. J. B. Matthews. Arthur Schlesinger, Jr., tells us that Matthews was the first chairman of the American League against War and Fascism, which Schlesinger calls "probably the most successful of the Communist fronts." Matthews wrote in his book Odyssey of a Fellow Traveler that he was introduced to radicalism through the Social Gospel and became a member of the Socialist Party before becoming a full-fledged "fellow traveler" in 1932 after returning from his fifth visit to the Soviet Union. In the mid-1930s, however, he moved sharply away from Communism. Matthews became a prolific anti-Communist writer, and served also as an investigator for the House Committee on Un-American Activities.29
. William Henry Chamberlin. Chamberlin's father was a socialist, and he himself grew up favoring a "mild anarchism." He lived in Soviet Russia for twelve years, where he served as the Moscow correspondent for the Christian Science Monitor and married a Russian girl. He was assistant book editor under Heywood Broun, and wrote under the pseudonym "A. C. Freeman." While he was in Soviet Russia, his opinions gradually evolved from pro- to anti-Soviet. They reached a breaking point with "the horrors of the First Five Year Plan." In 1937, he was the author of a book Collectivism: A False Utopia. Chamberlin eventually embraced Burkean conservative thinking.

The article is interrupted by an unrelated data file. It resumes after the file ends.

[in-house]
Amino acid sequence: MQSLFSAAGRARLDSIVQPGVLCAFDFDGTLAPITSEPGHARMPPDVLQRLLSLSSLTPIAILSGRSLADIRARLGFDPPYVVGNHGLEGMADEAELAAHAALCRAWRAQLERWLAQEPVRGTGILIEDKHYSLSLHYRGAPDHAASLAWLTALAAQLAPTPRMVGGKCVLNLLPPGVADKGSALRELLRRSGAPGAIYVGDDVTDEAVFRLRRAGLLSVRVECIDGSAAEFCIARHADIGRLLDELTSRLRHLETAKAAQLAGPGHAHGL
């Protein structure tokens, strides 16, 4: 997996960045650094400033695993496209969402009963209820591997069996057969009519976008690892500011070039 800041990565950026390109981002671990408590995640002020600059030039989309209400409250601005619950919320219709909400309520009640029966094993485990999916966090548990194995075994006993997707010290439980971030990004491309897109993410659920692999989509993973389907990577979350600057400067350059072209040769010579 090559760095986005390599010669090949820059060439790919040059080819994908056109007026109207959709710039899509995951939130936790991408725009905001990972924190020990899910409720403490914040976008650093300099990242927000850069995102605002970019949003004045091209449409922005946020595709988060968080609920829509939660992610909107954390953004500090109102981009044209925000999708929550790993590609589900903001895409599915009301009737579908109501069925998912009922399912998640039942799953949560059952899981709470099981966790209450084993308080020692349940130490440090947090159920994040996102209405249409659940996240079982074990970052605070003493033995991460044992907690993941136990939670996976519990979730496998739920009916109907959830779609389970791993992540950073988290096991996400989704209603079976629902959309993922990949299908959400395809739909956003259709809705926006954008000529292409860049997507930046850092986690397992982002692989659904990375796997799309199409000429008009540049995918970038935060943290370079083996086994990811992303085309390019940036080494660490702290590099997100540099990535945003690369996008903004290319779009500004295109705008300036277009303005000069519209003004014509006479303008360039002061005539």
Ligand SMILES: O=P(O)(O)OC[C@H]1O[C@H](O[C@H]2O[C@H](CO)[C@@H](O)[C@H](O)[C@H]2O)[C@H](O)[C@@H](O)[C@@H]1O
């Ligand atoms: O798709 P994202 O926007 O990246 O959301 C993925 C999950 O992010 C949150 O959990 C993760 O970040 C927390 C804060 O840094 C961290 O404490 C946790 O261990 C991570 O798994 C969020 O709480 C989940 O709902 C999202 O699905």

. Eliseo Vivas. An advertisement in The New Republic in 1937 for The Marxist Quarterly listed an article by Vivas on "The Class Nature of Science." Vivas later became a leader within American conservative thought.
. Eugene Lyons. Lyons grew up in extreme poverty on the east side of New York City. He was the editor of the Soviet Russia Pictorial and worked for the Soviet news agency TASS for four years. After his break with Communism, he wrote The Red Decade and throughout the rest of his life was a leader among anti-Communist intellectuals.
. Max Eastman. Eastman was editor of The Masses and The Liberator between 1913 and 1922. He then went to Europe for five years. During a trip to Soviet Russia, he became a follower of Leon Trotsky. He later wrote that "it was in 1933 that my resolute faith in the Soviet system began really to break down." In 1941, he even repudiated socialism. He authored Reflections on the Failure of Socialism and was an important member of the National Review group.
. James Burnham. Burnham was active as a radical from 1932 to 1940. In 1939, he was one of the signers of the League for Cultural Freedom and Socialism's statement calling on people not to abandon the ideals of revolutionary socialism. At one time he was the editor of The New International, the chief theoretical journal of the Trotskyists. His break with Marxism came in 1940. Until 1953, he was on the board of editors of The Partisan Review. He resigned from that journal in 1953 to defend Senator Joseph McCarthy. Burnham then wrote for National Review for twenty years.
. Freda Utley. In 1940, Richard Rovere wrote that Utley "is a British economist who during the twenties became a Communist and, with her Russian husband, went to live in Moscow. She lost her dream... when she found life there a nightmare and the Soviet economy a planned chaos. She left Russia in 1936, when the OGPU jailed her husband for a wisecrack made in Japan years earlier." Utley wrote The Dream We Lost, in which she denounced Stalinism, and The China Story about the fall of China to Mao.30